A few years ago I went on a residential writing course. Whilst there, we were visited by a well known and rather brilliant writer, who went on that year to win the Booker Prize. He read to us an extract from his prize winning novel. It was fairly stunning. He was, however, a supremely arrogant individual who put the backs up of many people on the course, not least the tutors. He began his reading by saying, ‘You too, one day, could be standing here where I am.’ It seemed a patronising comment because a) he was unnecessarily pointing out the chasm between us and b) the way he said it made it sound like he didn’t for a moment believe it to be true.
He told us a little about the life of a writer, the necessity for withdrawal and isolation and dogged determination. He told us tales of family holidays when his wife and kids frolicked outside on the beach or in a sunny garden while he drew the shutters on his room and remained indoors for the duration, ensconced in his writing. He told it as a story against himself: ‘I might be a great writer, but I was a shit husband and father.’ The implication was, if you’re serious about writing don’t expect to be popular, or even to fulfill your most basic familial duties. This writer wasn’t really castigating himself. He was congratulating himself. He either didn’t believe his absence had caused his wife and children to suffer greatly, or he simply didn’t care.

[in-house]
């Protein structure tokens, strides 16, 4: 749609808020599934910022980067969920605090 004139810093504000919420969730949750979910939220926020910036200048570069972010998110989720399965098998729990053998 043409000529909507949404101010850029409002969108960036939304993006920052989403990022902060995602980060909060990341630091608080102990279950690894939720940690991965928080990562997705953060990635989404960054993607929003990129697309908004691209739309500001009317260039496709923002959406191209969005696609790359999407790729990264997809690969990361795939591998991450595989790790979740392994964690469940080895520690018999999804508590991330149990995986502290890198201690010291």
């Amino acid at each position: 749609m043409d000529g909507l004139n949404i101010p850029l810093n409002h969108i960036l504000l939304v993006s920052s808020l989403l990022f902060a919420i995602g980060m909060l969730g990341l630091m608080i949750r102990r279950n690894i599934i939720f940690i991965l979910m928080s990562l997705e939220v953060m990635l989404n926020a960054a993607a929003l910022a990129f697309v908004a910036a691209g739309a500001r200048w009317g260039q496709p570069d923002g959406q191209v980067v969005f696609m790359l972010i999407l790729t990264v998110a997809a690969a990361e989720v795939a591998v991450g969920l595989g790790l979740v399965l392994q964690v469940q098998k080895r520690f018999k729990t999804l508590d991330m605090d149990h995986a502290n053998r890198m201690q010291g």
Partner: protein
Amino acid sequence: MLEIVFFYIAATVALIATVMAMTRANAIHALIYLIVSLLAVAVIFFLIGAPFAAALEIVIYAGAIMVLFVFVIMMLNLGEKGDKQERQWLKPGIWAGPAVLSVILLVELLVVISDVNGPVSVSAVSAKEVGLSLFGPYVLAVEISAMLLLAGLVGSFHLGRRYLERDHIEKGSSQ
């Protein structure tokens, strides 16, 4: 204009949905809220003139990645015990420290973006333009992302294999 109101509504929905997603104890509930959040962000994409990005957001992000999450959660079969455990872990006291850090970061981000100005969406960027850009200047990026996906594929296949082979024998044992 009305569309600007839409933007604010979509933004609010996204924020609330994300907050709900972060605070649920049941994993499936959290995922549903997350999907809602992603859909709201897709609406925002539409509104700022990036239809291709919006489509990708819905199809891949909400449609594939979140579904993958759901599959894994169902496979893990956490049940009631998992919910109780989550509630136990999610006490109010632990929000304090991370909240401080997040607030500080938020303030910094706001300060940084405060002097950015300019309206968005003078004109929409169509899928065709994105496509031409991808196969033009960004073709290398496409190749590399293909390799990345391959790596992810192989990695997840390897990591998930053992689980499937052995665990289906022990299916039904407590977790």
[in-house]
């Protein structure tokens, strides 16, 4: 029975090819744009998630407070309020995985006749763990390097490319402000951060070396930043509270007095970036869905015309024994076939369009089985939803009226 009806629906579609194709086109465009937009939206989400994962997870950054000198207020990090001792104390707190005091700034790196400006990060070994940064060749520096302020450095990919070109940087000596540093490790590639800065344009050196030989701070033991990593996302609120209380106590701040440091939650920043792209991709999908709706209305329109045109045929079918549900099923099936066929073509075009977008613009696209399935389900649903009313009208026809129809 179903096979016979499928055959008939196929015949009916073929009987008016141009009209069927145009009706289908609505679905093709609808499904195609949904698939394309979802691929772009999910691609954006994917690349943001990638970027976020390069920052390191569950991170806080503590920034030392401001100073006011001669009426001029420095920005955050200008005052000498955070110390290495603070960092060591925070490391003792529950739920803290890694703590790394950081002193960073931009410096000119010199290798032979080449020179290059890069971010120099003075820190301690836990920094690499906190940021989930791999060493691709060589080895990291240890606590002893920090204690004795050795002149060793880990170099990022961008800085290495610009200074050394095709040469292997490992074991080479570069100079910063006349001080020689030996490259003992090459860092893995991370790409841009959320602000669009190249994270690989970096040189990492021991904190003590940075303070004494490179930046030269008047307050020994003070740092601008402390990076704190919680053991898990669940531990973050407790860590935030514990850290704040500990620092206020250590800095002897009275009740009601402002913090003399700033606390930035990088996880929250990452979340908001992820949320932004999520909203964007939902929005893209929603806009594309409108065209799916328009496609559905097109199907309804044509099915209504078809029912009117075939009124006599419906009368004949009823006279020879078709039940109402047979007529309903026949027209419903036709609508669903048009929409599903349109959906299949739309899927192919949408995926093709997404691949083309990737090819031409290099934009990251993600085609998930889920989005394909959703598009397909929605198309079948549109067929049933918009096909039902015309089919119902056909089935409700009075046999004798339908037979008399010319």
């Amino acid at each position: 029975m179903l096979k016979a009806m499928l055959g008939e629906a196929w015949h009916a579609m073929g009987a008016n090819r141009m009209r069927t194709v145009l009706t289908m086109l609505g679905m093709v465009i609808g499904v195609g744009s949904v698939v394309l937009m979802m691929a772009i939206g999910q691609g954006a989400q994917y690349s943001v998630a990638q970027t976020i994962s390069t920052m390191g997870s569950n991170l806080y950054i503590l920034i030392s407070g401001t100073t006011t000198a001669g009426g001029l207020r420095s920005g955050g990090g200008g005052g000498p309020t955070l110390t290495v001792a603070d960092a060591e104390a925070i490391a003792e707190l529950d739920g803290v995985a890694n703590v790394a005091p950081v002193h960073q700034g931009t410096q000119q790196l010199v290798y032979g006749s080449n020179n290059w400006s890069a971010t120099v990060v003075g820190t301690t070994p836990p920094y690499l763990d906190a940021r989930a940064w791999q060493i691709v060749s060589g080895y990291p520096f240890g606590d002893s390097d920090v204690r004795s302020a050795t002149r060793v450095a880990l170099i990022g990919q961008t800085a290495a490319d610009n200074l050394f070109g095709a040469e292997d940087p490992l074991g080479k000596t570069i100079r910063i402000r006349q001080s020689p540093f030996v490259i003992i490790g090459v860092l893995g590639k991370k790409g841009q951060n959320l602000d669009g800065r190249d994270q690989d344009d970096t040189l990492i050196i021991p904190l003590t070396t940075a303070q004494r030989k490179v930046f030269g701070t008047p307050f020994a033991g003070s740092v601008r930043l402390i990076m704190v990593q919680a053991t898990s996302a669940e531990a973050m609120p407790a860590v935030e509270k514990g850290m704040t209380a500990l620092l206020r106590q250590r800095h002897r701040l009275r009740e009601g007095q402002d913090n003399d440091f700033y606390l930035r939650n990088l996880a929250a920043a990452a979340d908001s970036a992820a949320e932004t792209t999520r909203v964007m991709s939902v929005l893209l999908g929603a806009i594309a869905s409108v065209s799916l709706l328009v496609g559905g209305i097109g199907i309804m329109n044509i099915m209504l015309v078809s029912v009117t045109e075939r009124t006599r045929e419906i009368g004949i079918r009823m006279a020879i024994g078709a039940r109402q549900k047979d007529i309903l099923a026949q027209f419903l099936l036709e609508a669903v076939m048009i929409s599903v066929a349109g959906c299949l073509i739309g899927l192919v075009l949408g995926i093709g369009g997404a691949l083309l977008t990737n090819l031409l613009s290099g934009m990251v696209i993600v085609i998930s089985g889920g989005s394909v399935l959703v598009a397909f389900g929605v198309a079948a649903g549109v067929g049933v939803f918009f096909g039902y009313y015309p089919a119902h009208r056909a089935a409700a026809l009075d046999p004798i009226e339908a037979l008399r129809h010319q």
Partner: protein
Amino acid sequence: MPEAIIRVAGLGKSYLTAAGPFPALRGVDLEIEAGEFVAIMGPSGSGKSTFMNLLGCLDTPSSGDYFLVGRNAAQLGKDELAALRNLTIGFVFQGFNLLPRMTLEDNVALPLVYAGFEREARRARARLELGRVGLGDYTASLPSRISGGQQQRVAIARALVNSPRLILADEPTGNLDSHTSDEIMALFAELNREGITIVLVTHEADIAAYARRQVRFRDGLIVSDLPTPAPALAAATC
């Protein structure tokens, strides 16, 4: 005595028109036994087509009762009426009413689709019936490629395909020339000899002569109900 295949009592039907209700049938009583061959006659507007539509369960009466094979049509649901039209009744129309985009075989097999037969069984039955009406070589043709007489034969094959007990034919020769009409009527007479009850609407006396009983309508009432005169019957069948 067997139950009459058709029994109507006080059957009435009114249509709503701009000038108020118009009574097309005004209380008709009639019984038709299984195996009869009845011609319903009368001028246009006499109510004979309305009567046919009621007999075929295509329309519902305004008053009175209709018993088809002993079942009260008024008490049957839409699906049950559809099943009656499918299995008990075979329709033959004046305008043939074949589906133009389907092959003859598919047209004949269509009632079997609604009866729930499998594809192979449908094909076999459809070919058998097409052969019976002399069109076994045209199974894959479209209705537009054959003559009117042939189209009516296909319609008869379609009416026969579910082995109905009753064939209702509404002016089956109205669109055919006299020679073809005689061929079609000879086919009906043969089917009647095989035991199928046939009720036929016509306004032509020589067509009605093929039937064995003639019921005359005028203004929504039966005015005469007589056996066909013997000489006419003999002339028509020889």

My children are used to finding me hunched over my computer in the study and, if they enter, being asked rather sharply, ‘What?’ followed by, ‘Not now.’ My extended family and friends are used to my phone not being answered at certain times of the day. Perhaps I would feel less guilty if my work were salaried employment somewhere outside the home. Perhaps then, also, I would be more actively present when I was at home. Writing is an insidious activity. It can creep into every aspect of your life. I can be writing when I’m cooking tea. It is possible I am never fully there.
What separates me from the distinguished author on my residential course is that I can absolutely guarantee I’m never going to win the Booker Prize. It’s quite likely I won’t even get published. What does this mean in terms of my compromised commitments to other areas of my life? Is it less justifiable to dedicate myself to writing if I’m not successful? Is there some sort of moral pay off, whereby recognition and acclaim make up for negligence? If I set my stall by being a writer and then ‘fail,’ does that mean I was wrong, arrogant, or even immoral, to have tried?
Of course, there is a balance to be struck. I don’t neglect my other duties ALL the time. Honest. And I think those close to me benefit in other ways from my writing, not least because I am engaged in an activity which fulfills me. I am not a selfish bastard, but in the pursuit of any dream, or career, there has to be an element of selfishness.
When that illustrious author stood before us, perhaps he should have thanked us for giving up some of our valuable writing time to listen to him.